“Deliver Us From Evil”
November 16, 2006
I recently had an opportunity to see the documentary Deliver Us From Evil. This chilling film chronicles the story of Father Oliver O’Grady, the notorious pedophile priest who sexually abused children, including a 9-month-old baby, in a string of towns in Northern California in the ‘70s and ‘80s. Each time complaints were raised to his superiors in Los Angeles, the bishops of the Archdiocese would simply move Fr. Ollie to another parish 50 miles or so away. Finally, in the 1990s, complaints were made to the local authorities and Fr. Ollie was arrested, convicted, and imprisoned. Upon his release seven years later, he returned to his native Ireland where he lives unsupervised and in contact with small children.
What might surprise some is the fact that Father Ollie actually went to his superiors a number of times, asking them to help him with his “problem,” but shockingly, they disregarded his pleas for help and simply moved him to another parish. In the documentary, he seems to be enjoying the attention he’s getting by being interviewed on camera. He doesn’t seem to be fully aware of what he had done. The interviews show just how disassociated he really was from his own behavior; a victim of sexual abuse himself, both by his own family and by priests during his childhood, he convinced himself his actions of rape were simply being affectionate.
Filmmaker Amy Berg does a masterful job of documenting this excruciating topic. It’s clear from reading interviews with her that this documentary was difficult for her to make, but she felt the story had to be brought to light. Berg talked to O’Grady as well as to the victims and parents of victims in a series of interviews that are at times painful to watch. She also interviewed one courageous priest who dared to disagree with his superiors and travels far and wide in his efforts to shed light on this prevalent problem and bring healing to victims.
Most shocking of all is the footage of Cardinal Roger Mahony testifying about the O’Grady scandal. Mahony is accused of knowing that O’Grady was a pedophile as early as l984, when he was his bishop, but promised police he would be removed from contact with any children. Instead, O’Grady was reassigned to a parish 50 miles away. Shortly after that, Mahony was promoted to archbishop of Los Angeles, the largest Catholic diocese in the country. In the film, O’Grady states that “Mahony was very supportive and very compassionate and another situation was smoothly handled.” Mahoney denies ever knowing that O¹Grady was a pedophile.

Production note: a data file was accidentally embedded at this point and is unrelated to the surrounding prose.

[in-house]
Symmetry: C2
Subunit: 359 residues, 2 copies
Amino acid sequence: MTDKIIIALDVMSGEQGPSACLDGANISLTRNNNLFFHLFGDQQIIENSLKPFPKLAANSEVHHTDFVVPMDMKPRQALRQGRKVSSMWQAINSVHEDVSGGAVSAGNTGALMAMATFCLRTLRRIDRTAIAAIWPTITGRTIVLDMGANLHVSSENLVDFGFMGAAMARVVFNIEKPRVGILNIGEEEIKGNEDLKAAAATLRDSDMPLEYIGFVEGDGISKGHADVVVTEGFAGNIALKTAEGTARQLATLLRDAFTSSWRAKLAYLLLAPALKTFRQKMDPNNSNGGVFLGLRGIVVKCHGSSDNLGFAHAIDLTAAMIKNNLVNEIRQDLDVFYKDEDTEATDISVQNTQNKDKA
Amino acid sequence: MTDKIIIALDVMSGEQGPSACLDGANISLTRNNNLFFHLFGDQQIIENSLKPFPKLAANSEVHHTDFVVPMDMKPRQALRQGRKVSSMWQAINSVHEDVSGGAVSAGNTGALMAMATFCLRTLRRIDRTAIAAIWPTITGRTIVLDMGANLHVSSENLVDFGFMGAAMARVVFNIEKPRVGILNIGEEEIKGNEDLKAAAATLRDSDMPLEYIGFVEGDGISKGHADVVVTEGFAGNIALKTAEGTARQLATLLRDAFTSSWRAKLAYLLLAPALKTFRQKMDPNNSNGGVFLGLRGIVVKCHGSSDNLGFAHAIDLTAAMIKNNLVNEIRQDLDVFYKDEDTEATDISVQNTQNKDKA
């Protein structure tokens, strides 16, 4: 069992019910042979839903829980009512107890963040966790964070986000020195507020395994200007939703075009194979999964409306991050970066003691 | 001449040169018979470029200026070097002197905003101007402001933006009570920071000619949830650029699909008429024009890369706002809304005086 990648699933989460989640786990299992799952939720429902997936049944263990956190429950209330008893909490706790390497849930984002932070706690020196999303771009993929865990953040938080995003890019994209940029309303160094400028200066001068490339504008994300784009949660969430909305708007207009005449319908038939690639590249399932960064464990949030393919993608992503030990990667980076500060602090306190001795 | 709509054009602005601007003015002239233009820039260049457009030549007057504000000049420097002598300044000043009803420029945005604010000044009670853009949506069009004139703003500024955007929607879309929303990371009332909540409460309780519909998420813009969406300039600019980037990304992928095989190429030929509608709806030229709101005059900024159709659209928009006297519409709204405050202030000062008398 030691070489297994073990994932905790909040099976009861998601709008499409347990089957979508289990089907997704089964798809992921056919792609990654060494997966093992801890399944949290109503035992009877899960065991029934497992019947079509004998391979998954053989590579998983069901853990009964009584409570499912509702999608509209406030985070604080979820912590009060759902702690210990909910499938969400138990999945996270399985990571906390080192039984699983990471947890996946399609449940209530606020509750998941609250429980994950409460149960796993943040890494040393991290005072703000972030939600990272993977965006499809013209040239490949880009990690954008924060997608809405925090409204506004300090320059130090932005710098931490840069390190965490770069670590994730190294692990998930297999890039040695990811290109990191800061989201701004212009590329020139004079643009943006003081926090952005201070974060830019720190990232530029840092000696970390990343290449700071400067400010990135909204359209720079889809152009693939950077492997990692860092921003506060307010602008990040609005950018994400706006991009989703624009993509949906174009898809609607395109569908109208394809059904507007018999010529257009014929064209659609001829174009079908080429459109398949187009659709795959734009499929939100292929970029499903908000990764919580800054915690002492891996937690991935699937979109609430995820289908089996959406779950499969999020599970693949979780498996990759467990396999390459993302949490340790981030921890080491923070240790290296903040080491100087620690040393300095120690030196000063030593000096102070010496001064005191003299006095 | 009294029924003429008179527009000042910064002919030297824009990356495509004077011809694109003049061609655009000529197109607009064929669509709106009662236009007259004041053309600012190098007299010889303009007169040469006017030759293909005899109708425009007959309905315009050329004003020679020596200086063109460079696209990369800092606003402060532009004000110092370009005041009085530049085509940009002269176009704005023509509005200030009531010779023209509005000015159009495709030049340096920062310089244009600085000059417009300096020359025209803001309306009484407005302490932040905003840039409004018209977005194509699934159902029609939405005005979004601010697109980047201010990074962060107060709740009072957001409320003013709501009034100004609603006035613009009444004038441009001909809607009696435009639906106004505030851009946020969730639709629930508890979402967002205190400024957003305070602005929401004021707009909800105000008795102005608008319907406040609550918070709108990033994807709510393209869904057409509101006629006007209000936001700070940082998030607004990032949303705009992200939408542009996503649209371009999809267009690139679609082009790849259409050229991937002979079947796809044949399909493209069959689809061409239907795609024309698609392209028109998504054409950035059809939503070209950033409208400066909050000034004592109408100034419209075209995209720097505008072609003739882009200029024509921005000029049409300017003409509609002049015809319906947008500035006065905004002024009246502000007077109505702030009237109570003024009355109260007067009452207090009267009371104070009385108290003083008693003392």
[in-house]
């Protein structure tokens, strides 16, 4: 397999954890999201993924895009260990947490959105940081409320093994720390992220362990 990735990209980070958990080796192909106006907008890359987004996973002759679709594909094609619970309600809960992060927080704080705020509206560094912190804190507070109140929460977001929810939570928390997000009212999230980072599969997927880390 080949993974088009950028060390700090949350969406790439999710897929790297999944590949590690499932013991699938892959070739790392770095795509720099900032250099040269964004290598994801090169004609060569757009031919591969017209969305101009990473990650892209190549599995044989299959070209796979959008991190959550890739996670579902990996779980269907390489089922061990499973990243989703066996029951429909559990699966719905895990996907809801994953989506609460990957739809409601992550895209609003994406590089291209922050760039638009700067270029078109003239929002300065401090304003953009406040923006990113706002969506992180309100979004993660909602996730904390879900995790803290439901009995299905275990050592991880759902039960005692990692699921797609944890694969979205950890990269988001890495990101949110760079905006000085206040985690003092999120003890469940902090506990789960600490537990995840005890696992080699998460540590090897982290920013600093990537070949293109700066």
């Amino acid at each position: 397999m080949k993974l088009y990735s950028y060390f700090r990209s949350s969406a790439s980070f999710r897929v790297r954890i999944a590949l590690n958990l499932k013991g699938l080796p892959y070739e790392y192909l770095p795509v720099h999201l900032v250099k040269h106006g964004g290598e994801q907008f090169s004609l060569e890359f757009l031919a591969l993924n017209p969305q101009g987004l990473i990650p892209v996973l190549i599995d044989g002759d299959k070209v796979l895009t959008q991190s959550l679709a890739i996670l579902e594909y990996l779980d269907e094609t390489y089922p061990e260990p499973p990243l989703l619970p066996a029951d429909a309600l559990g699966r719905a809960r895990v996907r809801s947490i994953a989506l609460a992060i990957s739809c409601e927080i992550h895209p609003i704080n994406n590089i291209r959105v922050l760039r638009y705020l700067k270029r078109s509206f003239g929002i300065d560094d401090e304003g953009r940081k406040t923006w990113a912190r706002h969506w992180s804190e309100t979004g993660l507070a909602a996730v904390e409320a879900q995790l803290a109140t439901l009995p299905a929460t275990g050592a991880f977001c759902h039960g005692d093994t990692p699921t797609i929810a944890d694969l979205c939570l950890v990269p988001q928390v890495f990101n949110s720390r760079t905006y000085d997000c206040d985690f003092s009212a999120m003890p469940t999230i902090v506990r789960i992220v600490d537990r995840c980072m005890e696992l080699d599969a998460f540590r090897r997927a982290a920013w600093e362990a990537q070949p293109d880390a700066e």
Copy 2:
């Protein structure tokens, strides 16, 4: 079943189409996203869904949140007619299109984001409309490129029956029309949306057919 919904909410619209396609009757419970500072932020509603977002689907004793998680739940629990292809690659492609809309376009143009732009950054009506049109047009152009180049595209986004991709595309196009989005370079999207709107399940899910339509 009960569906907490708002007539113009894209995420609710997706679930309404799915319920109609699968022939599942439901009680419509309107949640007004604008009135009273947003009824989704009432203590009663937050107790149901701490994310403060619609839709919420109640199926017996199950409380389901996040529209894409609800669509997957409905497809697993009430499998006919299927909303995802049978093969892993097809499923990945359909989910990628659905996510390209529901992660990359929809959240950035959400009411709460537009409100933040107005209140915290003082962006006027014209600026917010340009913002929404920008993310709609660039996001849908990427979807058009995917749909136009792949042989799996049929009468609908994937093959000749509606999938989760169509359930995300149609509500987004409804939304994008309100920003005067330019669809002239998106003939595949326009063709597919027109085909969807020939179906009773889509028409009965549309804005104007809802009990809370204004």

Cardinal Mahony, the most important figure in the Catholic hierarchy in the US today, does not exhibit the kind of truthfulness or compassion one would expect from a high religious authority; instead, visibly shaken, he continued to cover up O’Grady’s crimes, giving inconsistent answers and stonewalling the attorneys representing the victims. (More significant still is the fact that Mahony is now the focus of ongoing investigations in a number of other similar cases.)
As someone who was abused by a Catholic priest, I know that for this problem to be healed, the truth must be told, no matter how soul-wrenching it may be. The Catholic Church has to remember that its primary responsibility is to the congregation—it’s nothing without its members—and the members, as well as the rest of the world, deserve to know the truth. I applaud the courage of all those who were willing to participate in this documentary and lend their faces and voices to this crucial issue.
I urge you to see this powerful and revealing film.